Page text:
student 20 Productions

Random Thoughts of a Game Developer

No review, but plenty of other stuff to talk about…

Well, that fell through disastrously. The promised review isn’t done. I simply haven’t had the time. I apologize, but it has since occurred to me that maybe my brother’s review blog isn’t the right format for an indy RPG review in any case. I mean, it’s a great format; I wish more in-depth reviews used it, but going over some of his stuff I have come to the conclusion that maybe… just maybe… it’s a format that works better for visual media. More specifically, I could see using it for TV and Movies… but less so for books or video games. Maybe I should try to find a format of my own to use…

In development news, I got more work done last night on my Essence system than in the preceding week all together, and it looks like I may pull off much the same thing tonight, which is fantastic. I have the basic task resolution mechanic in place, and have begun constructing character creation rules, along with everything that will appear on a character. Which brings me to a question.

I’m looking at dividing the combat mechanic up, essentially making two different combat systems for the game. The idea runs like this:

  1. Standard Combat: This combat system eschews battle maps and the related tactical side of combat. The idea is to have a simple, quick to run system for folks who don’t want to spend a lot of time on combat, or who like their combat map-free.
  2. Art of War: This is the map combat system for Essence, with a focus on tactical movement. Art of War requires players to make a sort of sub-character, derived from the main character sheet, that has information specific to Art of War combat. The eventual idea would be to make it so you could just make the Art of War sheet, allowing groups to have fun little skirmish battles and run pvp tournies if that’s what they’re into without getting into a full-on game.
So yeah, in a way, the Art of War combat system is a game within a game. It’s all very complicated, tautological, and Hamlet-esque.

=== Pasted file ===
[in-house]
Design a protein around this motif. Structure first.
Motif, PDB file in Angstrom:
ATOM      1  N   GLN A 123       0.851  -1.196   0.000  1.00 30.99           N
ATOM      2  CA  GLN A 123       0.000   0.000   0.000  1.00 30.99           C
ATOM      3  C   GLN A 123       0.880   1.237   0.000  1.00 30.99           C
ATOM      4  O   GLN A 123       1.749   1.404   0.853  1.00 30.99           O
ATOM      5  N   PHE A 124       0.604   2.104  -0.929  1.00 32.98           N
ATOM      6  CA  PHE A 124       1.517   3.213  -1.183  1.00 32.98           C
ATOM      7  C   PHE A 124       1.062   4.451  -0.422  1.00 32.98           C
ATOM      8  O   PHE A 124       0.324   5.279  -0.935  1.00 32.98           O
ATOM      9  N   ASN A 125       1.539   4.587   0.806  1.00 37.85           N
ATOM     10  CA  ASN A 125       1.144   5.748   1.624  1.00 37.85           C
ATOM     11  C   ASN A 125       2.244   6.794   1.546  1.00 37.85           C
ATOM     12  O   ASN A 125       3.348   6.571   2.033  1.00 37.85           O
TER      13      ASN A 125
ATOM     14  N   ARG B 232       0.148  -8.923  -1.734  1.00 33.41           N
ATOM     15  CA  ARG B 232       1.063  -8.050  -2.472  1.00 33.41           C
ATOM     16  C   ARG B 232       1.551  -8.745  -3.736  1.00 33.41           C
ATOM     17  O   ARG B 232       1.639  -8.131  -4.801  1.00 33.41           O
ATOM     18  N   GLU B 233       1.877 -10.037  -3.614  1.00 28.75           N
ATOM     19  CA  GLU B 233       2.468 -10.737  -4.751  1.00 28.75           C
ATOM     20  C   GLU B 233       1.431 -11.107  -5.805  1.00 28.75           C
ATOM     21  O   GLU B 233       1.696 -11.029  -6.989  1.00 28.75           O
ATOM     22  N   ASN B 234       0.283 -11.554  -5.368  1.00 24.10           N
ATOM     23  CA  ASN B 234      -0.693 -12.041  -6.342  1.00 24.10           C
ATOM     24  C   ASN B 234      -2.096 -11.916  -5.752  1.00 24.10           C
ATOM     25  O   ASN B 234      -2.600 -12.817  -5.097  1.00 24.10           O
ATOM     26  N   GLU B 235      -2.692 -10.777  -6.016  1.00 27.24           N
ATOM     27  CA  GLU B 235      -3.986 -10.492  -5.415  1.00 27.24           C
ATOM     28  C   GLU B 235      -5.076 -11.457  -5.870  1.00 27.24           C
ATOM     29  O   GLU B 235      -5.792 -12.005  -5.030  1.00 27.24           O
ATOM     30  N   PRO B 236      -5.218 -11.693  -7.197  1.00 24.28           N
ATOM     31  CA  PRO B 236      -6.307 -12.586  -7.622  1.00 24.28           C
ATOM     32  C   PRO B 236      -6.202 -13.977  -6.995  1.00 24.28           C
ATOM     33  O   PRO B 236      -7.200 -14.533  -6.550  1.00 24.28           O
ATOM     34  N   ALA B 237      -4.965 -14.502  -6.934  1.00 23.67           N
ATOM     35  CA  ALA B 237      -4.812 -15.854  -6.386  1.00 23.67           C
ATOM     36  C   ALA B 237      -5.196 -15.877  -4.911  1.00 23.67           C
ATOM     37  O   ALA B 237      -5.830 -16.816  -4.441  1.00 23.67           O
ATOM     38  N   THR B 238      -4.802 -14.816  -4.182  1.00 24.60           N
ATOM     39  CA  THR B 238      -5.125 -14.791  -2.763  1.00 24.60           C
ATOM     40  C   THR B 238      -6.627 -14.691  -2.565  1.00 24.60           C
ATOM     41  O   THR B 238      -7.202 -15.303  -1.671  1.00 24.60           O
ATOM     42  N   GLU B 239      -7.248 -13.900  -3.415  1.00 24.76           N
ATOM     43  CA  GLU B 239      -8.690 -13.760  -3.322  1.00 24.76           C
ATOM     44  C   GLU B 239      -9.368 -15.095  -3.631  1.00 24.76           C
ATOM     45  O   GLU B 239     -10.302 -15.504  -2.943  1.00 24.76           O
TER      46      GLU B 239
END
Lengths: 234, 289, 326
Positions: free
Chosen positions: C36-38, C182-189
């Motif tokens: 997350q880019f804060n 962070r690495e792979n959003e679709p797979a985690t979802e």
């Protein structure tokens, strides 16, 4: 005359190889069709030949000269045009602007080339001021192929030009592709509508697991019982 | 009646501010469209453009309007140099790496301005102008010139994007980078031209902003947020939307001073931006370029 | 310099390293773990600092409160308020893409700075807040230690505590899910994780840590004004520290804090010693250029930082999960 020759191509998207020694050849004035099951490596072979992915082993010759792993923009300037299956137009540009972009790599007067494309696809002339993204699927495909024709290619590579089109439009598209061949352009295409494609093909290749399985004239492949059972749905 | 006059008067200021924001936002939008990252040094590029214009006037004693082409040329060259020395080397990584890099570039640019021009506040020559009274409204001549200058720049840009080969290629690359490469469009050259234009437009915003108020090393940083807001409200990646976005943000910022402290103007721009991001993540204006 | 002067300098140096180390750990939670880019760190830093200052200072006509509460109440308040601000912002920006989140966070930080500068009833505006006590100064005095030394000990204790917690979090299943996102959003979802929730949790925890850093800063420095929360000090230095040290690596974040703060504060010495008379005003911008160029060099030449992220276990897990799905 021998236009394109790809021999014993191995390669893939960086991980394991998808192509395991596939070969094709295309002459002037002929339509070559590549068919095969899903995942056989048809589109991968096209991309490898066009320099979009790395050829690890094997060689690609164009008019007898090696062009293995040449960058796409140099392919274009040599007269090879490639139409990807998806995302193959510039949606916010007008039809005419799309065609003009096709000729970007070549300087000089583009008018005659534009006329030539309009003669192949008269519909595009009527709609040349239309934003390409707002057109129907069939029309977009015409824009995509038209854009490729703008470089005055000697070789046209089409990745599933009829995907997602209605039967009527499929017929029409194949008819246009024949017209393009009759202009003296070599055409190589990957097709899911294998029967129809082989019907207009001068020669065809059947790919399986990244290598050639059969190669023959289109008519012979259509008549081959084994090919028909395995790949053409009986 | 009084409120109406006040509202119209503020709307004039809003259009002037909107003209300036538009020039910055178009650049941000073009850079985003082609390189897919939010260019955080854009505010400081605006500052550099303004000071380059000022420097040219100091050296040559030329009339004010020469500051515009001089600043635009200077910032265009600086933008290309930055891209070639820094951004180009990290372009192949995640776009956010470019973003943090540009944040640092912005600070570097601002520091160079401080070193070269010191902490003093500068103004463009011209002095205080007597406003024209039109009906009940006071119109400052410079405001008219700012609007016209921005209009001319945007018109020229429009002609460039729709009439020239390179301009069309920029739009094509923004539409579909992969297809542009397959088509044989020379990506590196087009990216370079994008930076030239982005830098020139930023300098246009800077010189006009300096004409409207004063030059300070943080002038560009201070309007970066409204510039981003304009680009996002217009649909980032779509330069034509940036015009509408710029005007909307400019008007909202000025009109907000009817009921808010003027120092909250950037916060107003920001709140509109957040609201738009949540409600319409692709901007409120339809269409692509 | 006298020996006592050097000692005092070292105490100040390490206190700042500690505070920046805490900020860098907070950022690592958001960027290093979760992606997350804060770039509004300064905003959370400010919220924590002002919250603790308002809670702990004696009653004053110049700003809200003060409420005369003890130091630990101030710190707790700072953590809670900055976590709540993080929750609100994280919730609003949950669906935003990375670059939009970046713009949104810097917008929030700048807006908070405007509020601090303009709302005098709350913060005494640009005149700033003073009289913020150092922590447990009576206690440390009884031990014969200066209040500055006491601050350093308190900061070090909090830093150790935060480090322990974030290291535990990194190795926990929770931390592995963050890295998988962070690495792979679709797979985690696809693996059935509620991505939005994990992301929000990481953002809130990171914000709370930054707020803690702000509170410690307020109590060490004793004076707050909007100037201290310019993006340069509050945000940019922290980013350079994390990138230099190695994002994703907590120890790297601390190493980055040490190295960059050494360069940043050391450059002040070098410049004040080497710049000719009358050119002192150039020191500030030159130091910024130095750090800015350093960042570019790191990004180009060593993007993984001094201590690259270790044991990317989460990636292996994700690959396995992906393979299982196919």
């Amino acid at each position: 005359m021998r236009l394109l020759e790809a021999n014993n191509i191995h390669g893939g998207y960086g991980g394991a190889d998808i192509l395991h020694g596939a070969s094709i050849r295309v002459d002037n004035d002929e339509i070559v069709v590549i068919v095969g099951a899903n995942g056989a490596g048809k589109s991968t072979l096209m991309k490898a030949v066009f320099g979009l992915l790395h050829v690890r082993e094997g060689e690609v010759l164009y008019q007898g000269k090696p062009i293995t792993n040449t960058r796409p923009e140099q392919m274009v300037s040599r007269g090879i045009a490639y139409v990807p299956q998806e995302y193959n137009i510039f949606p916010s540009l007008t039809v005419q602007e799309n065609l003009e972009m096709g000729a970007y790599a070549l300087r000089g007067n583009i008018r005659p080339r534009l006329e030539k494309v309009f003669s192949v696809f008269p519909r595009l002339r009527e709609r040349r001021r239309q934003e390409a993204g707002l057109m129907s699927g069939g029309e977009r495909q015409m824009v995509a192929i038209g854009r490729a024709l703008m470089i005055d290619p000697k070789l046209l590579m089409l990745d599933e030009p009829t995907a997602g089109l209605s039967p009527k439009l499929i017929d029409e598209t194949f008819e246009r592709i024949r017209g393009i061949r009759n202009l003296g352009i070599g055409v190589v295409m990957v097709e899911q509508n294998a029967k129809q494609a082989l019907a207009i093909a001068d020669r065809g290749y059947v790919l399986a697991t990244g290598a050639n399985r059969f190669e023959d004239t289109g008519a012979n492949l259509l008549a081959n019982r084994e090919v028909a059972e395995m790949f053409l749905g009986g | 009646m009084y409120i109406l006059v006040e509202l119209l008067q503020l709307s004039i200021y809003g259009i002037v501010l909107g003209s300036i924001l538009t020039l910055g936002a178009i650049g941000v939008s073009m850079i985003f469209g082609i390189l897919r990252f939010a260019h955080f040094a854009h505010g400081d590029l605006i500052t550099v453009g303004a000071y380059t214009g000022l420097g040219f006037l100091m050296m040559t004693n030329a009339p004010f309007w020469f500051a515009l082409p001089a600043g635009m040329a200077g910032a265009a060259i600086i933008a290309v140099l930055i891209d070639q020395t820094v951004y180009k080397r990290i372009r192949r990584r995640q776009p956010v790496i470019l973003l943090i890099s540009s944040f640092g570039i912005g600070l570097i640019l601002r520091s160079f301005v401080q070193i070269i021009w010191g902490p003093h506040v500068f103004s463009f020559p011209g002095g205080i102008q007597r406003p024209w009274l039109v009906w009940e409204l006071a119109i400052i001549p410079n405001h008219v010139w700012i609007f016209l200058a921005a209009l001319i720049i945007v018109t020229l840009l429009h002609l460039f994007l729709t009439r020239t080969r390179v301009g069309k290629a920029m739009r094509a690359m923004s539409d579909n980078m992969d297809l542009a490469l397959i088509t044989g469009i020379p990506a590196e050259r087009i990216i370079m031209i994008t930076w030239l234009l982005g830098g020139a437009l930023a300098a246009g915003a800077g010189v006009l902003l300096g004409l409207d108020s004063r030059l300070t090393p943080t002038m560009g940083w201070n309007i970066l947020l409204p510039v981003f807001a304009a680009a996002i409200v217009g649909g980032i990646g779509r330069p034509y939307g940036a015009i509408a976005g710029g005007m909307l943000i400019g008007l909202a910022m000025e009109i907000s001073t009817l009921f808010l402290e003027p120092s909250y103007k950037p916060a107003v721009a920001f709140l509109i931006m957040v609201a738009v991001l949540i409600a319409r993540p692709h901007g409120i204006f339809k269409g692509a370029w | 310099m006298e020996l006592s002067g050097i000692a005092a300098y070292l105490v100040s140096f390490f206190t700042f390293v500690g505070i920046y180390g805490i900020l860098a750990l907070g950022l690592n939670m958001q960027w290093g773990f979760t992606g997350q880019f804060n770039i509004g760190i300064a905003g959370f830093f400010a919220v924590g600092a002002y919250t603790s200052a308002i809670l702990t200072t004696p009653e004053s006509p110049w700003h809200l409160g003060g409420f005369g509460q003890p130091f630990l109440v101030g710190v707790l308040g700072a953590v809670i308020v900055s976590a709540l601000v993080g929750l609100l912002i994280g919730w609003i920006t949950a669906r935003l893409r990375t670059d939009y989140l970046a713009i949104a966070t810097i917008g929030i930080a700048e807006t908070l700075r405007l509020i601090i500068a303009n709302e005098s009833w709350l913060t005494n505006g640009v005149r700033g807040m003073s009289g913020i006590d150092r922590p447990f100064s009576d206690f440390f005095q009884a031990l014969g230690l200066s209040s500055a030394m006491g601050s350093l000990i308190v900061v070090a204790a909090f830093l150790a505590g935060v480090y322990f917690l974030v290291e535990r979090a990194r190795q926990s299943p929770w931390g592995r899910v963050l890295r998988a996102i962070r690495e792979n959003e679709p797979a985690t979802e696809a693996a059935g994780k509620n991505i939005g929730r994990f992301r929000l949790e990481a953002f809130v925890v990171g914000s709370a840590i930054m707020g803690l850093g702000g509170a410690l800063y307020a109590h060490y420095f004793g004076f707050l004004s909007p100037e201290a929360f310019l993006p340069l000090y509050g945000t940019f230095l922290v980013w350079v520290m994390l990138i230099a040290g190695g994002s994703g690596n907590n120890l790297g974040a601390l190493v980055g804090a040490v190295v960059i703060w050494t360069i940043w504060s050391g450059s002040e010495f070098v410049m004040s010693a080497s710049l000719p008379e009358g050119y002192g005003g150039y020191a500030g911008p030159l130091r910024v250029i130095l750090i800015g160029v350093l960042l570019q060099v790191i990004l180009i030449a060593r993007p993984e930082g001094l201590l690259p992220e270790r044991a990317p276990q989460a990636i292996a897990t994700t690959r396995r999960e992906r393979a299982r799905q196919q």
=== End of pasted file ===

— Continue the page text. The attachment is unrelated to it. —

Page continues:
At any rate, keeping in mind the two modes of running combat above, I’m wondering if things like defense (i.e. what a character does to avoid getting tagged in combat) should be separate derived abilities, or if they should be based directly on Skills (the Essence system is a Skill based one – did I forget to mention that?). That is to say, should characters have a separate sub-stat  that works sort of like a Challenge rating for how hard they are to hit, or should Characters be expected to buy up skills for use in defense or default to an Agility stat for a defense check?

I’m not really asking anyone in particular this question, you understand. I mean, I welcome any and all opinions on the matter – and would be more than happy to clarify the conundrum if you need me to… but mostly I’m talking about it here so that I can get my brain wrapped around the problem. I guess it comes down to this: how much complexity do I want in the Standard Combat system? The whole purpose of dividing the combat systems into two different methods is so that a game group can choose between a simple, streamlined, relatively quick combat system (if their game is combat light, or they don’t want to deal with the complexity of battle-map based tactical combat) and a more in-depth tactical skirmish system that uses minis and so on (if the game has a lot of combat, or the group enjoys full tactical combat similar to what’s found in the more recent editions of Dungeons & Dragons).